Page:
Art, Design, and the Future of Privacy
We're headed to NYC next week for our annual Advisors' Meeting. While we're there we're thrilled to be partnering with Dis Magazine to host Art, Design, and the Future of Privacy. If you're in the area, please join us; the event is free and open to the public.
7:30pm, Thursday Sept 17
Pioneer Works, Brooklyn
Join cryptographers, critical theorists, architects, designers, sociologists, user experience researchers and other bright luminaries for a casual evening discussing privacy, the culture of technology, and possibilities for creative intervention in the age of ubiquitous digital tracking. The conversation will be rich, fun, and move from the stage to the audience to end the night with a party feeling and plenty of shared discussion.
Human rights meets design challenges
Scout Sinclair Brody
Scout discusses our collective obsession and fatigue with technology, and the rights and responsibilities of artists, designers, and clear-thinking technologists within this context. How can we all work to make technology better for us as individuals and as a society?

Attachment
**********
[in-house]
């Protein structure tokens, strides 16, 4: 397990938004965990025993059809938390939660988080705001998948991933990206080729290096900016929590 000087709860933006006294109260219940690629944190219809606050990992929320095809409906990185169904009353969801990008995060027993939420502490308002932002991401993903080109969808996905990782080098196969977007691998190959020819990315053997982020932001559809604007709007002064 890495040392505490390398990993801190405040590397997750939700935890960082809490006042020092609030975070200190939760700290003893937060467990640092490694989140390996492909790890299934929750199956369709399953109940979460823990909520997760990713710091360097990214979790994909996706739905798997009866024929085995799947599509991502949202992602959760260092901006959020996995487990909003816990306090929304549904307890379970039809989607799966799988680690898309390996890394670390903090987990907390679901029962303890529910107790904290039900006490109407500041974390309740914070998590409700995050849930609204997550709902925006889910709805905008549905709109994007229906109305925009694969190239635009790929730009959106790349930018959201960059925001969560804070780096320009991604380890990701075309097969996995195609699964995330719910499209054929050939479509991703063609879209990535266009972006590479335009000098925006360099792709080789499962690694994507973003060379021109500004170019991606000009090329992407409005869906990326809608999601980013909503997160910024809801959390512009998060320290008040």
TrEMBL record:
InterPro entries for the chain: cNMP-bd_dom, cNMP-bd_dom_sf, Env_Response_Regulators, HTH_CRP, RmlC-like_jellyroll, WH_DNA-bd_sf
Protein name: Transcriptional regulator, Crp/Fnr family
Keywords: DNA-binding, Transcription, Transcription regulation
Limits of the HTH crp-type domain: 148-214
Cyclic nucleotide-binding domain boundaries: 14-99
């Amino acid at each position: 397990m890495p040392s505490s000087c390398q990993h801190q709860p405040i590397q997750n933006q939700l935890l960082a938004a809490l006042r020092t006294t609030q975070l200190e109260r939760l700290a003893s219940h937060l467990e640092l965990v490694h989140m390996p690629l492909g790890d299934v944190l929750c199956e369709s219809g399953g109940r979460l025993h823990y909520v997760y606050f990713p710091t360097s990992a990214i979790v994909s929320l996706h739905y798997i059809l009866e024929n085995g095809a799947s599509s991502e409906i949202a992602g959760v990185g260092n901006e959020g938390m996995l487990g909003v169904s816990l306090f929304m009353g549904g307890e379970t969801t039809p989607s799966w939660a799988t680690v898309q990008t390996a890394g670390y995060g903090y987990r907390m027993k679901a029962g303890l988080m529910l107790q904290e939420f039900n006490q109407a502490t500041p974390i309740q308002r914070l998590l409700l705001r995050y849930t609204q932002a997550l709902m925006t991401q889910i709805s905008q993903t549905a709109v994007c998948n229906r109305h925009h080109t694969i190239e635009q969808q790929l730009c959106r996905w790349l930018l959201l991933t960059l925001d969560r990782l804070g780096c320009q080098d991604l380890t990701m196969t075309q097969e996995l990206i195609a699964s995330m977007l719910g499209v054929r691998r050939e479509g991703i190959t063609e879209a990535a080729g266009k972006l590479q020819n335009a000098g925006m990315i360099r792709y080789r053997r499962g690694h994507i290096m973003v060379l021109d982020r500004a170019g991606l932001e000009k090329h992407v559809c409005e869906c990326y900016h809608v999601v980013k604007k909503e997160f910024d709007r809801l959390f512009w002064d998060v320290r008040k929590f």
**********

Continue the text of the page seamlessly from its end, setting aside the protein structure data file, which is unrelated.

Digital Privacy IRL: Architecture, public space, and its role in preserving online rights
Moderated by Ame Elliott
Noah Biklen and Sarah Gold examine the role of built space, public space, and spatial metaphors in the preservation of privacy and digital rights.
If you build it they won’t care: Designing privacy-preserving technologies for people with other interests
Moderated by Scout Sinclair Brody
Tyler Reinhard, Ame Elliott, and Harlo Holmes discus the deployment of “privacy-preserving technologies,” the role of design and critical engagement in this process, and the needed creative interventions that help these efforts resonate with the rest of us.
Ask a Prison Librarian about privacy, technology, and state control
Cory Doctorow interviewing Sarah Ball
Cory talks with Sarah about the lives of people in prison, the fraught conception of “the private individual”, and the intersection between human rights, state control, and privacy.
No, thank you: Agency, imagination, and possibilities for rejecting world-changing technological innovation
Moderated by Meredith Whittaker
Kate Crawford, Lauren McCarthy and Allison Burtch examine the role of human-centered approaches and critical discourse in the conception “technology for social justice,” and speculate on the moves necessary to enable local communities (et. al) to reject globally celebrated “disruptions.”
Where to from here?
Cory closes the evening with hopeful practicalities. Where can we direct our attention if we value privacy, have views on technology, and want to build more creative and relevant interventions?